Connecticut has renewed its demand that the federal government force western and southern states to stop sending air pollution here, but Gov. Dannel P. Malloy said Wednesday he expects the state will have to go to court to force them to comply.
“The failure of upwind states to make investments needed to operate power plants and industrial facilities in an efficient and lean manner… is exacting a steep price on the health of both he people and the economy of my state,” Malloy said.
Connecticut and eight other states in the northeast are presenting testimony at a U.S. Environmental Protection Agency hearing Thursday in Washington, D.C., asking the EPA to take strong action to stop the pollution. The EPA under President Obama’s administration last year rejected a petition from Connecticut and its neighboring states on this issue.
Malloy admitted this latest push isn’t likely to succeed given President Donald Trump’s desire to reduce air pollution regulations and encourage the use of more fossil fuels like coal and oil, exactly the fuels those dirty Midwestern and Southern plants are now using.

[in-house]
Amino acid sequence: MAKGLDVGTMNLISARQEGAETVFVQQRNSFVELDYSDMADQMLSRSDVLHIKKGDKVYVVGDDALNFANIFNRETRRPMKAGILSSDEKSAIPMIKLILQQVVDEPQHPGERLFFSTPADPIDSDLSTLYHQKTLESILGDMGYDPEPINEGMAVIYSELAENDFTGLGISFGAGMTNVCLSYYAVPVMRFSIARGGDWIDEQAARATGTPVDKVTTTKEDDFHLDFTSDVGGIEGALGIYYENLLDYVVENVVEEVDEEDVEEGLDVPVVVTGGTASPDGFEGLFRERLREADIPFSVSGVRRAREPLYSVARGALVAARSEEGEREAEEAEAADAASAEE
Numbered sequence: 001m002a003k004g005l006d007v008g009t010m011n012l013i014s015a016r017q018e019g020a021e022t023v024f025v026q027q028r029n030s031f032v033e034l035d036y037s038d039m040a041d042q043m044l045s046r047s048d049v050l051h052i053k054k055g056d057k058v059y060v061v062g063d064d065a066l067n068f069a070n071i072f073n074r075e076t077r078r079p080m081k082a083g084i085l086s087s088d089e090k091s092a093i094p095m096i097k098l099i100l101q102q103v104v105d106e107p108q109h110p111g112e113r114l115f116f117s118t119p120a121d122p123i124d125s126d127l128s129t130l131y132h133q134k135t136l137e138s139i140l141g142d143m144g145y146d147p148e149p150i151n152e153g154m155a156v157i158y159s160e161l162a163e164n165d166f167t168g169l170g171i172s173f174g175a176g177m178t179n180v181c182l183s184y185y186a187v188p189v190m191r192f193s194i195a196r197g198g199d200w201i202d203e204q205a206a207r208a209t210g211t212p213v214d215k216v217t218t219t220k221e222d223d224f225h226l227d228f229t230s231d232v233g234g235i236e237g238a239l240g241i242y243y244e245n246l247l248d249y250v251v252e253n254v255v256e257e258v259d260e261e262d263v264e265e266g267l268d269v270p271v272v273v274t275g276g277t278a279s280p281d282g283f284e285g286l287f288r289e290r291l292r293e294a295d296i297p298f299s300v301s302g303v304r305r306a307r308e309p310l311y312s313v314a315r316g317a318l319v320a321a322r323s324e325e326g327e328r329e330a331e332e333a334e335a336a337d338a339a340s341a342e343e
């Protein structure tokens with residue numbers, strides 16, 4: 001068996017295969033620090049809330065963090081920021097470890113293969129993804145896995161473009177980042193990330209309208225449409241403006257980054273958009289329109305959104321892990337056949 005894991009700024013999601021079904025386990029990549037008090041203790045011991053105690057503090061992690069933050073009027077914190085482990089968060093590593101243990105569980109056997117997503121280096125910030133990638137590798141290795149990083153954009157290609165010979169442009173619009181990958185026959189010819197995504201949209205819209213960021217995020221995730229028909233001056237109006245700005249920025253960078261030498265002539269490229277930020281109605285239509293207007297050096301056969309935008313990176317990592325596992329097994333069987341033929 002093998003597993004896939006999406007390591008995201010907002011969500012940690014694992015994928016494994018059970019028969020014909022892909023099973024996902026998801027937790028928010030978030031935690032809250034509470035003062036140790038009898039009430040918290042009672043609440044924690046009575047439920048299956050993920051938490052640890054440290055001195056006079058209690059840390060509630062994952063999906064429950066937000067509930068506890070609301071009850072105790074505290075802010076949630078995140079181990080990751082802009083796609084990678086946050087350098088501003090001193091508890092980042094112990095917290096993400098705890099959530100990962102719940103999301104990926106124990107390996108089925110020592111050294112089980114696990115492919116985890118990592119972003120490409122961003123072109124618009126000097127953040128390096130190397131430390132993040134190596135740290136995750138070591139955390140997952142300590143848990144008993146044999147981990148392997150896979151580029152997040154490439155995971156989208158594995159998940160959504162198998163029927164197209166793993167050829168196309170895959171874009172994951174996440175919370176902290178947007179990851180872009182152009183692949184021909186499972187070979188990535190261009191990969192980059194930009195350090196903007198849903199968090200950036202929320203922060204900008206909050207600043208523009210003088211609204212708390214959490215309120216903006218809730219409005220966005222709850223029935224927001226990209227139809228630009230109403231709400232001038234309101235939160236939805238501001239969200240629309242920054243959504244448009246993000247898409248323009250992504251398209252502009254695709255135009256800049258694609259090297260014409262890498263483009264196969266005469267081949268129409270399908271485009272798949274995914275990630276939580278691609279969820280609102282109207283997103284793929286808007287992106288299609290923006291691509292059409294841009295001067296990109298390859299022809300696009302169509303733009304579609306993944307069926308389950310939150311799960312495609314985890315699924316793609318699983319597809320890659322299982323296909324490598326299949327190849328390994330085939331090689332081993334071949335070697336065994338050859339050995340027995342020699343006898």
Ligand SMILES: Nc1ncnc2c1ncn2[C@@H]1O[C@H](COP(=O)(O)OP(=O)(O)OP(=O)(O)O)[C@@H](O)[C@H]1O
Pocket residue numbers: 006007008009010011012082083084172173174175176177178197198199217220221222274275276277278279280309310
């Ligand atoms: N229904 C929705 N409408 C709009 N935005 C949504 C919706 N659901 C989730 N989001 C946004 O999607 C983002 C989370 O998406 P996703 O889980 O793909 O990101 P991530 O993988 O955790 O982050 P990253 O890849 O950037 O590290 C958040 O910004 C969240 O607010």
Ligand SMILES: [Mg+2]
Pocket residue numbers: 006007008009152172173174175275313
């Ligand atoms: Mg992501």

Connecticut’s governor said he thinks it is “entirely possible” that the state will file a federal lawsuit within the next 12 months to force the EPA to take action against those polluting states. Malloy also said he believes a Connecticut lawsuit would stand a chance of success even in a Trump-oriented, conservative U.S. Supreme Court.
“That’s not an impossible win,” Malloy said.
Robert Klee, commissioner of this state’s Department of Energy and Environmental Protection, is scheduled to present Connecticut’s case to the EPA at Thursday’s hearing. Malloy said a final rejection by the federal agency would be the last step before Connecticut and other northeastern states head to court.
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